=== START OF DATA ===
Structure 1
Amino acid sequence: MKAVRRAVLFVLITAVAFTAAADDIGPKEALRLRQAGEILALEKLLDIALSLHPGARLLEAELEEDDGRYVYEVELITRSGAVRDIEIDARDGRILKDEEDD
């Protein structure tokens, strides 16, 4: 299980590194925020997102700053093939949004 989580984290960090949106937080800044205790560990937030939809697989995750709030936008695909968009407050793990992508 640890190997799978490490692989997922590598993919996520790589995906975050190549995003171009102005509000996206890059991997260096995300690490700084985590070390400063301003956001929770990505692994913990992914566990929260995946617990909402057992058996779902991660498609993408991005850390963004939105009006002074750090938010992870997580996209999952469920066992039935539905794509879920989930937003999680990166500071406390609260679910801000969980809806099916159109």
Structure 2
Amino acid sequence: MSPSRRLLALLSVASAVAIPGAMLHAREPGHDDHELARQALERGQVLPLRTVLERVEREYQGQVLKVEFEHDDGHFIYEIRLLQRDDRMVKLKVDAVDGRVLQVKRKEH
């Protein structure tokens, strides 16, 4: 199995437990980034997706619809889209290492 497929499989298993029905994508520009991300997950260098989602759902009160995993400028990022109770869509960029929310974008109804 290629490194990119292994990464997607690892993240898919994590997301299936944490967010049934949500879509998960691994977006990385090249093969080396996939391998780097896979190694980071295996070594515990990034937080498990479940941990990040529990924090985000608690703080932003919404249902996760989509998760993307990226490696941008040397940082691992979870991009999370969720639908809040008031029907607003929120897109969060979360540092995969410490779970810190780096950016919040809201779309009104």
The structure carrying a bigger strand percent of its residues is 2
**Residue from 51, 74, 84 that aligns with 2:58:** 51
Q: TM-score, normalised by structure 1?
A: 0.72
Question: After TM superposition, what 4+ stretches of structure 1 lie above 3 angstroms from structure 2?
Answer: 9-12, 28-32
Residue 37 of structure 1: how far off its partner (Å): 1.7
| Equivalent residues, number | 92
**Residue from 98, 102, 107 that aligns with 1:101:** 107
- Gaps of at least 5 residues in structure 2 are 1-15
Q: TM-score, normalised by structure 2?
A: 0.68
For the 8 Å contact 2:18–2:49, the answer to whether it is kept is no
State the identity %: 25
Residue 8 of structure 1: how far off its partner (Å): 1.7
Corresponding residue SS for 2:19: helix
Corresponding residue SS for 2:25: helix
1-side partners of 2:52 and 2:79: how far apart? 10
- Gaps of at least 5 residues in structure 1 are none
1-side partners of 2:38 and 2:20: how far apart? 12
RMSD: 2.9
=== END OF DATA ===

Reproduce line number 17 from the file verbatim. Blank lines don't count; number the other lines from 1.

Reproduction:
Q: TM-score, normalised by structure 2?